# Modern developments in finite-dimensional linear algebra

Are there any major fundamental results in finite-dimensional linear algebra discovered after early XX century? Fundamental in the sense of non-numerical (numerical results, of course, are still interesting and important); and major in the sense of something on the scale of SVD or Jordan normal form.

(EDIT) As several commenters observed, using Jordan normal form as a benchmark sets the bar way too high. Let's try lowering it to Weyl's inequality.

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Does the computational complexity of matrix multiplication (for arbitrary fields) count as "numerical"? If not, the critical exponent has moved as recently as last year. – Felipe Voloch Feb 27 '13 at 20:13
@Felipe, does a small movement in the critical exponent count as "major"? Jordan normal form is setting the bar rather high.... – Gerry Myerson Feb 27 '13 at 23:25
@Gerry: major enough to get published in JAMS. – Abdelmalek Abdesselam Feb 27 '13 at 23:28
I'm fond of Weyl's question from 1912: given the spectra $\lambda,\mu$ of two Hermitian matrices, what can you say about the spectrum $\nu$ of the sum? which Weyl gave the first inequalities on. The full list of inequalities was conjectured in the 1960s, proven in the late 1990s, and only cut down to the minimal list this century. I won't put this as an "answer" because seriously, Jordan normal form! – Allen Knutson Feb 28 '13 at 2:06
Here's our survey article on that result: arxiv.org/abs/math/0009048 – Allen Knutson Feb 28 '13 at 4:08

Definitely, some items on the top of my list are:

1. Random matrix theory --- both asymptotic and non asymptotic; including things like semi-circular law, circular law, and so on. Check out Terry Tao's blog for very nice summaries.
2. The resolution of Horn's conjecture (see this nice summary article by R. Bhatia, which also mentions several other nice connections)
3. Randomised linear algebra and progress on fast solutions to linear systems (see e.g., the very readable summary in N. Vishnoi's web book)
4. Advances in quantum information theory? Though I don't know how much of that I would push into just linear algebra
5. Not advances in linear algebra itself, but the gigantic success of basic linear algebra in new areas (machine learning, information retrieval, etc., e.g., Google's PageRank method).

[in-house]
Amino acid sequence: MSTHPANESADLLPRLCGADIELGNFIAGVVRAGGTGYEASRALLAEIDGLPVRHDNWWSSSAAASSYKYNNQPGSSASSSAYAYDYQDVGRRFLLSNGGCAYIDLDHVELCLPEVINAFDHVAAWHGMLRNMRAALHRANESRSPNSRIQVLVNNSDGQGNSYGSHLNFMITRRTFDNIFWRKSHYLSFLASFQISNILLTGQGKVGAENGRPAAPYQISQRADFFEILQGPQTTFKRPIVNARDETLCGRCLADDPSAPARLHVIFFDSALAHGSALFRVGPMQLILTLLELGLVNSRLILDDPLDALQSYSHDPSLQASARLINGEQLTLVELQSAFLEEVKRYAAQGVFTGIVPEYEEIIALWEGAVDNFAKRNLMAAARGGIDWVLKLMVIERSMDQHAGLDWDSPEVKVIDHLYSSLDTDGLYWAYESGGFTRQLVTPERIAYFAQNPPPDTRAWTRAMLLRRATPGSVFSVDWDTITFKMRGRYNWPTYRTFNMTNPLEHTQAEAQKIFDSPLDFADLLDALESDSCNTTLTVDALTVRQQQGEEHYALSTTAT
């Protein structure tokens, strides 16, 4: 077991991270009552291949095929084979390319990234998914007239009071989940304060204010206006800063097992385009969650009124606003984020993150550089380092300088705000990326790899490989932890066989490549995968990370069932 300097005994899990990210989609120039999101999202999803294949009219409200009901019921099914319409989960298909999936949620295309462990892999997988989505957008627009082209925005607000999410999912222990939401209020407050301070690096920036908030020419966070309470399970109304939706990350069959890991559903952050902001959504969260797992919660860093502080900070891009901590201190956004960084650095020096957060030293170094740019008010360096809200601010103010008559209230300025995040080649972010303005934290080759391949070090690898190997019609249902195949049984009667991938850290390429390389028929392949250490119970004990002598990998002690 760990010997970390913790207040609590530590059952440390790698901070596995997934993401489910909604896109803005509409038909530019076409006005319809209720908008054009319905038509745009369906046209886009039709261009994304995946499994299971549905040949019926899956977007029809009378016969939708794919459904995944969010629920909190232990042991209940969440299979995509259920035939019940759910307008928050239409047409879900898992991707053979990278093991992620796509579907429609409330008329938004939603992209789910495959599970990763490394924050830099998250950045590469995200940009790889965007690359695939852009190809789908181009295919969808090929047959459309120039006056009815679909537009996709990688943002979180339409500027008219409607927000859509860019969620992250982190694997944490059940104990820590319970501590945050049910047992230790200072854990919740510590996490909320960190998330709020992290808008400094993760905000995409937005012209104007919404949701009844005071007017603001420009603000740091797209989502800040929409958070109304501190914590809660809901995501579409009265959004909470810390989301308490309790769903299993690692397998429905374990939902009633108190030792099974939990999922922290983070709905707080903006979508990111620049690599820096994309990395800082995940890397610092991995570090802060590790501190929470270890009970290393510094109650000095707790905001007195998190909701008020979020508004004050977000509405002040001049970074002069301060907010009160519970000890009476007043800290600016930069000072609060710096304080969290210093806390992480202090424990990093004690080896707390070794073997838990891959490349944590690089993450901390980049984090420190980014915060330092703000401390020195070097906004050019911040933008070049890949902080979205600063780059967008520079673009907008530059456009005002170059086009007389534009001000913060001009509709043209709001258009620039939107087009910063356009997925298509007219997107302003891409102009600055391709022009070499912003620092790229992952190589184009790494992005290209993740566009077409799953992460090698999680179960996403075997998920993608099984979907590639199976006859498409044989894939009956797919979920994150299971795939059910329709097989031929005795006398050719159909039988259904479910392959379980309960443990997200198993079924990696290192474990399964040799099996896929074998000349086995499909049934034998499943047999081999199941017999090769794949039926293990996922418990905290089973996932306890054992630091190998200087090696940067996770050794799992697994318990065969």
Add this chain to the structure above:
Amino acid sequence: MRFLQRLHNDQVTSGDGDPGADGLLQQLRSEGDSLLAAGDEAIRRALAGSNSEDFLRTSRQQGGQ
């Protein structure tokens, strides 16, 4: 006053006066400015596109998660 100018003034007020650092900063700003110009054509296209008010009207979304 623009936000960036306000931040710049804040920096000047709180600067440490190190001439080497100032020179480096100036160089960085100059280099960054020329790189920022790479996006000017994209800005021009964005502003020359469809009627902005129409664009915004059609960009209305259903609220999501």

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While I admit that 'non-numerical' is a bit of a vague criteriion; I would still think that almost linear time solution is not 'non-numerical', in the sense it was I believe intended. – user9072 Feb 28 '13 at 14:40

I would say the theory of quivers and in particular Gabriel's theorem on finite representation type and its extensions to tame type. Representations of quivers are essentially linear algebra problems in a different language. For instance Jordan canonical form is the description of indecomposable reps of a quiver with one vertex and a loop. In general things like the classification of two endomorphisms of vector spaces, matrix pencils and the n-subspace problem are all problems in the rep theory of quivers. The intro to the book of Gabriel-Roiter says more.

Added. A quiver is a directed multigraph, often assumed finite in this context. A representation of a quiver Q is an assignment of a vector space to each vertex and a linear transformation to each edge from the vector space at its source to the vector space if its target. Isomorphisms are isomorphisms of vertex spaces making commuting squares with the edge linear transformations. There is a fairly straightforward notion of direct sum and hence indecomposable rep. Finite rep type means finitely many isoclasses of indecomposables, tame type essentially means indecomposables come in 1-parameter families (plus finitely many exceptions) if you fix the dimensions of the vertex spaces. Wild means its representation theory contains that of all finite dinensional (and hence all finitely generated) algebras. In particular the first order theory is undecidable. Only finite, tame and wild occur.